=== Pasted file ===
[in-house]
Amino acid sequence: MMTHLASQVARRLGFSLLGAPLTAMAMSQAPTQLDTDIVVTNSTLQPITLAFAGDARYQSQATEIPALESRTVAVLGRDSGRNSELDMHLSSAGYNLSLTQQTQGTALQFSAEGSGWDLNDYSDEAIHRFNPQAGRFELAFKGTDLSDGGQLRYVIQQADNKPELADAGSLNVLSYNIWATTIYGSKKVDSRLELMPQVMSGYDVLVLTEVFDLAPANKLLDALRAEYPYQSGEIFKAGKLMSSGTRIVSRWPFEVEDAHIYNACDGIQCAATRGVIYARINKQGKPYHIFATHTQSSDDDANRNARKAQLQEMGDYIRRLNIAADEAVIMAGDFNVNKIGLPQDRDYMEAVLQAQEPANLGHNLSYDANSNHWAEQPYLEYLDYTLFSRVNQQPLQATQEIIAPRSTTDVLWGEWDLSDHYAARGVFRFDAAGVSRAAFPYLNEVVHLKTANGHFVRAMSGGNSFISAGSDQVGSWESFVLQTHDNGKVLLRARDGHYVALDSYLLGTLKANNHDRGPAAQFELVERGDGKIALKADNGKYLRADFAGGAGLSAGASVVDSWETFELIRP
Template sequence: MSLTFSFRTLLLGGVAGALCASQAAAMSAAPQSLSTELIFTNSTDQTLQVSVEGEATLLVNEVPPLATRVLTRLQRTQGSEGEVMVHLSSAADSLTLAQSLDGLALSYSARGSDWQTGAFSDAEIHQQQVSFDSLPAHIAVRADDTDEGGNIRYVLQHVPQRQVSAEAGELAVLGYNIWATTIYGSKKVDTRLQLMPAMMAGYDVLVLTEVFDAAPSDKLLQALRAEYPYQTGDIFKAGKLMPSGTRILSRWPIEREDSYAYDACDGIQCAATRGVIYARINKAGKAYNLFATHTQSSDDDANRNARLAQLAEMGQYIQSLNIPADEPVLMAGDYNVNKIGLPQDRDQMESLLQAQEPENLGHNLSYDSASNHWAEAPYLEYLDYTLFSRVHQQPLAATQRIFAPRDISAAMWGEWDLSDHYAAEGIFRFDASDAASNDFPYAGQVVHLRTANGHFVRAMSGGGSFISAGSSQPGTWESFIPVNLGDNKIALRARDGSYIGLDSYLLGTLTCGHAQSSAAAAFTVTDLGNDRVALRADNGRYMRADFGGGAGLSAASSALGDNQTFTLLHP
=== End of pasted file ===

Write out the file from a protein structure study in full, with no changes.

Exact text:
[in-house]
Amino acid sequence: MMTHLASQVARRLGFSLLGAPLTAMAMSQAPTQLDTDIVVTNSTLQPITLAFAGDARYQSQATEIPALESRTVAVLGRDSGRNSELDMHLSSAGYNLSLTQQTQGTALQFSAEGSGWDLNDYSDEAIHRFNPQAGRFELAFKGTDLSDGGQLRYVIQQADNKPELADAGSLNVLSYNIWATTIYGSKKVDSRLELMPQVMSGYDVLVLTEVFDLAPANKLLDALRAEYPYQSGEIFKAGKLMSSGTRIVSRWPFEVEDAHIYNACDGIQCAATRGVIYARINKQGKPYHIFATHTQSSDDDANRNARKAQLQEMGDYIRRLNIAADEAVIMAGDFNVNKIGLPQDRDYMEAVLQAQEPANLGHNLSYDANSNHWAEQPYLEYLDYTLFSRVNQQPLQATQEIIAPRSTTDVLWGEWDLSDHYAARGVFRFDAAGVSRAAFPYLNEVVHLKTANGHFVRAMSGGNSFISAGSDQVGSWESFVLQTHDNGKVLLRARDGHYVALDSYLLGTLKANNHDRGPAAQFELVERGDGKIALKADNGKYLRADFAGGAGLSAGASVVDSWETFELIRP
Template sequence: MSLTFSFRTLLLGGVAGALCASQAAAMSAAPQSLSTELIFTNSTDQTLQVSVEGEATLLVNEVPPLATRVLTRLQRTQGSEGEVMVHLSSAADSLTLAQSLDGLALSYSARGSDWQTGAFSDAEIHQQQVSFDSLPAHIAVRADDTDEGGNIRYVLQHVPQRQVSAEAGELAVLGYNIWATTIYGSKKVDTRLQLMPAMMAGYDVLVLTEVFDAAPSDKLLQALRAEYPYQTGDIFKAGKLMPSGTRILSRWPIEREDSYAYDACDGIQCAATRGVIYARINKAGKAYNLFATHTQSSDDDANRNARLAQLAEMGQYIQSLNIPADEPVLMAGDYNVNKIGLPQDRDQMESLLQAQEPENLGHNLSYDSASNHWAEAPYLEYLDYTLFSRVHQQPLAATQRIFAPRDISAAMWGEWDLSDHYAAEGIFRFDASDAASNDFPYAGQVVHLRTANGHFVRAMSGGGSFISAGSSQPGTWESFIPVNLGDNKIALRARDGSYIGLDSYLLGTLTCGHAQSSAAAAFTVTDLGNDRVALRADNGRYMRADFGGGAGLSAASSALGDNQTFTLLHP